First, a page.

Then we had the option of a personalised card, with a picture that meant something special about the person sending the card. This card below, with our little family: Noel, beautiful little Miriam, and I, was our 1974 greeting. Over the years I have looked out for a good family pic to include in our annual letter. That hasn't always been easy. Sometimes one or more of the children may be less than cooperative ... (you know what happens then!) And then, as the family grows up, I have sometimes wondered if it's OTT (over the top) to (over-)share on the lives of our offspring. Those questions come and go without any resolution. We have generous, loving offspring who accept their parents without too much critical comment.

In the past 20 or so years we, and most of our peers, have embraced everything digital. Some haven't. Which brings me to my initial comment on the complex nature of sending and receiving Christmas greetings. So now we send a message via fb, as I did yesterday, as well as some by email, and paper copies via Australia Post to a few special people for whom the other systems are not acceptable. And my 'system' includes 'posting' our annual greeting on a blog which gives me, and anyone else who finds their way to the site, me a readily available summary of our lives.
Are paper copies of a greeting more meaningful than digital?
That's a question that I will not try to answer.

We live in a day when there are so many ways of connecting with people we know that we could easily become overwhelmed. The Christmas card in the post 30 years ago was probably a lot more meaningful than it is today, when the pretty cards can also be sent by email, fb, messenger, blogs and other forms of social media. Are friendships enhanced by one method of communication or another?

I have found the old style of communication - face to face, with a loving hug or smile, or a phone call from someone who I won't be able to see - these are the ways that I feel loved and cared about. And of course we are limited to just a few people with those old forms of communication, compared with the massive reach of digital magic. So can I encourage anyone who reads this to give your loving greetings in person, or a phone call, to someone who may not have much personal contact with others.

Tuesday, October 10, 2017

Replacing the midwife?

The woman found it difficult to trust anyone.  Very difficult.  Her anxieties about bad people and bad things were overwhelming.  'They' were likely to force her to take medicines that were bad.  The bacteria and viruses in public spaces were bad.  The 'system' would force her to have surgery that she didn't want.

The woman became pregnant.  She had been pregnant a couple of times previously, but had terminated those pregnancies early.  She wasn't ready then.  For some reason this baby stayed in place and before long she was experiencing new feelings - movements.  Her need to control must have been weakened as the maternal and placental hormone levels surged.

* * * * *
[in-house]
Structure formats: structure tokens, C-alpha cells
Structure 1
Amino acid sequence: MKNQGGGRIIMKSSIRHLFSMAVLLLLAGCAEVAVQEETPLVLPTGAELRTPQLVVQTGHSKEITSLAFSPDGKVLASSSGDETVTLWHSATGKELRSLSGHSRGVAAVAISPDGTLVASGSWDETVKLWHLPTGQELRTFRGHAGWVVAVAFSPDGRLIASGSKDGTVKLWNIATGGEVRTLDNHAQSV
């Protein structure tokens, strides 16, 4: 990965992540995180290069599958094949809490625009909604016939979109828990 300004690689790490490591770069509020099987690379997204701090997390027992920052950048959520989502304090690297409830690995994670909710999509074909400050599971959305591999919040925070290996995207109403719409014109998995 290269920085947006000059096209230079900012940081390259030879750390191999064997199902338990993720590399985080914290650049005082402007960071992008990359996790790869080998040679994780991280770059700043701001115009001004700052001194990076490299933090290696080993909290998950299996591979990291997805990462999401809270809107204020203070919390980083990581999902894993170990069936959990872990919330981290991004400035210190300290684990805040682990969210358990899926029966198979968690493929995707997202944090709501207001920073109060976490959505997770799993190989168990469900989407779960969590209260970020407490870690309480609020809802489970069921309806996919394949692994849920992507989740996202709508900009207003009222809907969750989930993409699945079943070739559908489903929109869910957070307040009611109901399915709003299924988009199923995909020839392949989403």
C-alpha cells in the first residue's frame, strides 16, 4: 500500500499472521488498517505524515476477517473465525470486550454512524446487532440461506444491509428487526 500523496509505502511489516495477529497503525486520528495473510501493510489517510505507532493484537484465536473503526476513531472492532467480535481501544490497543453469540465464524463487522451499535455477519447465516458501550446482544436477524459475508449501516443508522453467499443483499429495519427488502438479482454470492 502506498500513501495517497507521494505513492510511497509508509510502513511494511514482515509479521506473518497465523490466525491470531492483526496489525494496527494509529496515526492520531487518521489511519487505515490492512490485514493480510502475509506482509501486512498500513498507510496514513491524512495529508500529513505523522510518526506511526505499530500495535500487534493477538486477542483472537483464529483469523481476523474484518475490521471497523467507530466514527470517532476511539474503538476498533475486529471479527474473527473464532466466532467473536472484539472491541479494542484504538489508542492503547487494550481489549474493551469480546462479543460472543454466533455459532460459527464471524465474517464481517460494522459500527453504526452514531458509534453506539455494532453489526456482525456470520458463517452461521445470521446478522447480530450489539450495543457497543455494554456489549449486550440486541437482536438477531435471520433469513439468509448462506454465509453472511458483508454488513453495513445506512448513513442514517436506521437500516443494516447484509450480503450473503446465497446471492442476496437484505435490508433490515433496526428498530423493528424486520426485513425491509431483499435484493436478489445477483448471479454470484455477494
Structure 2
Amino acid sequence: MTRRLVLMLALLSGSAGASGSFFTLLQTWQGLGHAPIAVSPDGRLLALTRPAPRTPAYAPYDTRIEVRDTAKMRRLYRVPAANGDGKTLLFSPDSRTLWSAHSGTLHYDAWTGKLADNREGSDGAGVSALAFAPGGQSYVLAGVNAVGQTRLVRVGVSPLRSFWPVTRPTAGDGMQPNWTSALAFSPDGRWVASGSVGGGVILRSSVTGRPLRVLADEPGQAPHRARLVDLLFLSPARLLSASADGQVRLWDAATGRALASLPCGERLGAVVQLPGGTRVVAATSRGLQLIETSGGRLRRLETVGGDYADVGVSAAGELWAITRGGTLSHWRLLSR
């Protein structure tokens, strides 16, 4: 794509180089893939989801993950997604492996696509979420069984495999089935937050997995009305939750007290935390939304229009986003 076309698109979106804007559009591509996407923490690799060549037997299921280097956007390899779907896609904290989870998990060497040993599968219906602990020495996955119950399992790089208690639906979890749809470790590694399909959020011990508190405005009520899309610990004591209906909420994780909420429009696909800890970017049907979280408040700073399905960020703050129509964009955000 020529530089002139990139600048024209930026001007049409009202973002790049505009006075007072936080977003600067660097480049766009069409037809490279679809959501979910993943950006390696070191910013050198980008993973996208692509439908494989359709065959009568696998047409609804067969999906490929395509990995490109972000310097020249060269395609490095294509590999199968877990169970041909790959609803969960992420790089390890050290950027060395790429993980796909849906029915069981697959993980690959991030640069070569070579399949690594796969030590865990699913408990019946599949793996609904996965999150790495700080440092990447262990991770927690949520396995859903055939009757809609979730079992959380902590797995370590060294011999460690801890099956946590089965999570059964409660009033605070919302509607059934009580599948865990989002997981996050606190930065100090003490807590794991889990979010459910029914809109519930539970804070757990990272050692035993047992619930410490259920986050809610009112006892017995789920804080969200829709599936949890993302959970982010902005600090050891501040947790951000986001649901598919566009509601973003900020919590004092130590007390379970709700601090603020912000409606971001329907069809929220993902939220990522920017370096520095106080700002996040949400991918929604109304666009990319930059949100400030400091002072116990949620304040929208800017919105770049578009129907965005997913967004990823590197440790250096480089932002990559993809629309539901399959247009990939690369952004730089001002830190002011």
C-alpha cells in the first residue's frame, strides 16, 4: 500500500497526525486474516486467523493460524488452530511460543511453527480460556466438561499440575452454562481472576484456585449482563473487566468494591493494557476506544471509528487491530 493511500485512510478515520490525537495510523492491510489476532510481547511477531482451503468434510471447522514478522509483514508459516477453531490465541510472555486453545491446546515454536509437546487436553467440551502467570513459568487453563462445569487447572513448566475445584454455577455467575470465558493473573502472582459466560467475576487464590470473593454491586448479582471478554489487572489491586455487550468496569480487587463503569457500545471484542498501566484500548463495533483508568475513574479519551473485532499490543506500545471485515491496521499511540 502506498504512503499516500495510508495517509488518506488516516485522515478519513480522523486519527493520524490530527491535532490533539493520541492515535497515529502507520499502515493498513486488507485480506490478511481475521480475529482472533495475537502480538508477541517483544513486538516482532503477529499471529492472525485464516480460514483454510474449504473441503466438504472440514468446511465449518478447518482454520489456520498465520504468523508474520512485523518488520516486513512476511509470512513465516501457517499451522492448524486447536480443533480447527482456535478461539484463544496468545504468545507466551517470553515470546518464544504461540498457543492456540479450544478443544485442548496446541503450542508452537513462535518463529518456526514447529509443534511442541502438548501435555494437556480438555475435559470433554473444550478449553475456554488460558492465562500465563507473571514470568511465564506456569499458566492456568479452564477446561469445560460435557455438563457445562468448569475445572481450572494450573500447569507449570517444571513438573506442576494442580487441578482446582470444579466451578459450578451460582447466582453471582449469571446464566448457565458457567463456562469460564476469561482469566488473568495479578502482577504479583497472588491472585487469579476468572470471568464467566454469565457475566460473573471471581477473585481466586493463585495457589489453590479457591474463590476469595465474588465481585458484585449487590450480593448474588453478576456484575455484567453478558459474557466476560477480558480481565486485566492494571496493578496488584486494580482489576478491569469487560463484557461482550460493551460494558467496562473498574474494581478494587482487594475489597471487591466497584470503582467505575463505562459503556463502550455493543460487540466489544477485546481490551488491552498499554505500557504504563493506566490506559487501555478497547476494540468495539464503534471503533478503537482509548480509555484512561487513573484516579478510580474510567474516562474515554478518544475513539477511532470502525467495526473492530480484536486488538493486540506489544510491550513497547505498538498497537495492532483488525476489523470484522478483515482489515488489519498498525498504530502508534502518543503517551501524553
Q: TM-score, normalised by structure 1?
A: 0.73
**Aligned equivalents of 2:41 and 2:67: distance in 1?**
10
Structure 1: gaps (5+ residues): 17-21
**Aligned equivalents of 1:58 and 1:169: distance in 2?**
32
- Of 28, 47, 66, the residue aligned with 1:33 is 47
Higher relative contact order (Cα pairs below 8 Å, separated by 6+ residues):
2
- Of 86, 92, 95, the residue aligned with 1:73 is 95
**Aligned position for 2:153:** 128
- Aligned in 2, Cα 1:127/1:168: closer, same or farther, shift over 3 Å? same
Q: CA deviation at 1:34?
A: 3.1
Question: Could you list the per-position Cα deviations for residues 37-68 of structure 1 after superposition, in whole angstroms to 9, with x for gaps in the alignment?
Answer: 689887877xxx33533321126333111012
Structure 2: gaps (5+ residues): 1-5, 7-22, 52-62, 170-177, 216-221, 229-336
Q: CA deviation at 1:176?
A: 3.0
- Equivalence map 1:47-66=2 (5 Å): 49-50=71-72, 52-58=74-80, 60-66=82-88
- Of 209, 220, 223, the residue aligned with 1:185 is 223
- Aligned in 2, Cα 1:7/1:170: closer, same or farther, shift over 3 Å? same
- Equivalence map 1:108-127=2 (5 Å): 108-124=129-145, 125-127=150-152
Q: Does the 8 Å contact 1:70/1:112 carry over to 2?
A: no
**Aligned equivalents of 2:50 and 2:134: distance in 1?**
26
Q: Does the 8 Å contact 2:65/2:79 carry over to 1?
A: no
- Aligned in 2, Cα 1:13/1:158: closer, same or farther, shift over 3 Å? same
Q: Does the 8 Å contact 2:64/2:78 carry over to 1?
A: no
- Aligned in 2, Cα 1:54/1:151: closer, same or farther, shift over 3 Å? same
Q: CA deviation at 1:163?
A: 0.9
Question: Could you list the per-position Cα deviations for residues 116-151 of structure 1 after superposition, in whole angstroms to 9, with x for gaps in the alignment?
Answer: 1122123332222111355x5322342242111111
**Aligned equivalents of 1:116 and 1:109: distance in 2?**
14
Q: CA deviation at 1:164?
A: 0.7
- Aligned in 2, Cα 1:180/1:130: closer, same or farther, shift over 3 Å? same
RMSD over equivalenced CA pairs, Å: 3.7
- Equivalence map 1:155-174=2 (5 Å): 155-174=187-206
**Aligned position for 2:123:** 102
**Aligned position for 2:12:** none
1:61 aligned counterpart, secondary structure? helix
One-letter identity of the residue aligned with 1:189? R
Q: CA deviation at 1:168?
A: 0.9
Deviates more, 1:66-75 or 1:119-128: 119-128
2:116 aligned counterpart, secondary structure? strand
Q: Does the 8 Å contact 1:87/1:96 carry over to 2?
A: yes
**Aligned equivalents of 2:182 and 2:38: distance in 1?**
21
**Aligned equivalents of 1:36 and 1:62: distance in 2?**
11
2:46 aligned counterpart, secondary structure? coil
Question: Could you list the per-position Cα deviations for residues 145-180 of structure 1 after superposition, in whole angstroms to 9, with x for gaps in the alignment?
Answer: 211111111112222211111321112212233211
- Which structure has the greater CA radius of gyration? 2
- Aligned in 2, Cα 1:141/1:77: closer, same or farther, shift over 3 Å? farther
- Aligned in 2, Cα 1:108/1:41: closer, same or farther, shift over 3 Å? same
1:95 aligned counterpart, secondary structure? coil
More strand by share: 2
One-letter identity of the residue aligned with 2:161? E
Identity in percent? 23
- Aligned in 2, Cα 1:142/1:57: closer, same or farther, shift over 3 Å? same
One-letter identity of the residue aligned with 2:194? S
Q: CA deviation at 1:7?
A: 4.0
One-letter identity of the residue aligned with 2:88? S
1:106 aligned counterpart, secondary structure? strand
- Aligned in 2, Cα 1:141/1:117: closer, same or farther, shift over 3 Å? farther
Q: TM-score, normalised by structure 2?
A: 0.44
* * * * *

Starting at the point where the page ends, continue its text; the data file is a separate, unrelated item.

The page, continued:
She was strong and healthy, and avoided anything that sounded like professional maternity care.  But she was curious, and a bit of a geek, well versed in all things digital, so a couple of ultrasound scans were arranged through a local medical practice.  Fascinated by the imaging, she asked lots of questions of the technician.

The woman found a new world opening up in cyber space.  Groups and forums, with varying levels of security, brought a host of information and options, as well as a sense of belonging.  It wasn't long before she found herself linked to a network of like-minded women, or at least she thought they were.  One was close to giving birth, and described her plans to bring together a supportive group of women, all with positive energy, so that she could give birth in a state of ecstasy.

The woman found a fetal monitoring device on e-bay.   She bought it, strapped it on, and listened to the rapid wop-wop-wop, with occasional kicks or hicoughs to break the monotony.  Over time the woman was becoming more excited about the thought of 'free' birth.  It ticked all her boxes.  And a couple of friends from the online community had told her they would help her.  These women were experienced, from their own births especially.


This story is based on real people; real events.  I do not want to describe it further.  The reader can envisage the possibilities.

There have always been people with anxiety neuroses and other aspects of mental health impairment.  The distrust and fear of everything bad, as this woman experienced, is not new.   A midwife who earns the respect and trust of a woman whose mental state is fragile may be able to support and empower her in a restorative way, as she prepares to bring a baby into her life.

The element that has recently been added, in some cases triggering the perfect storm, is the information overload that has been unleashed via the internet and social media.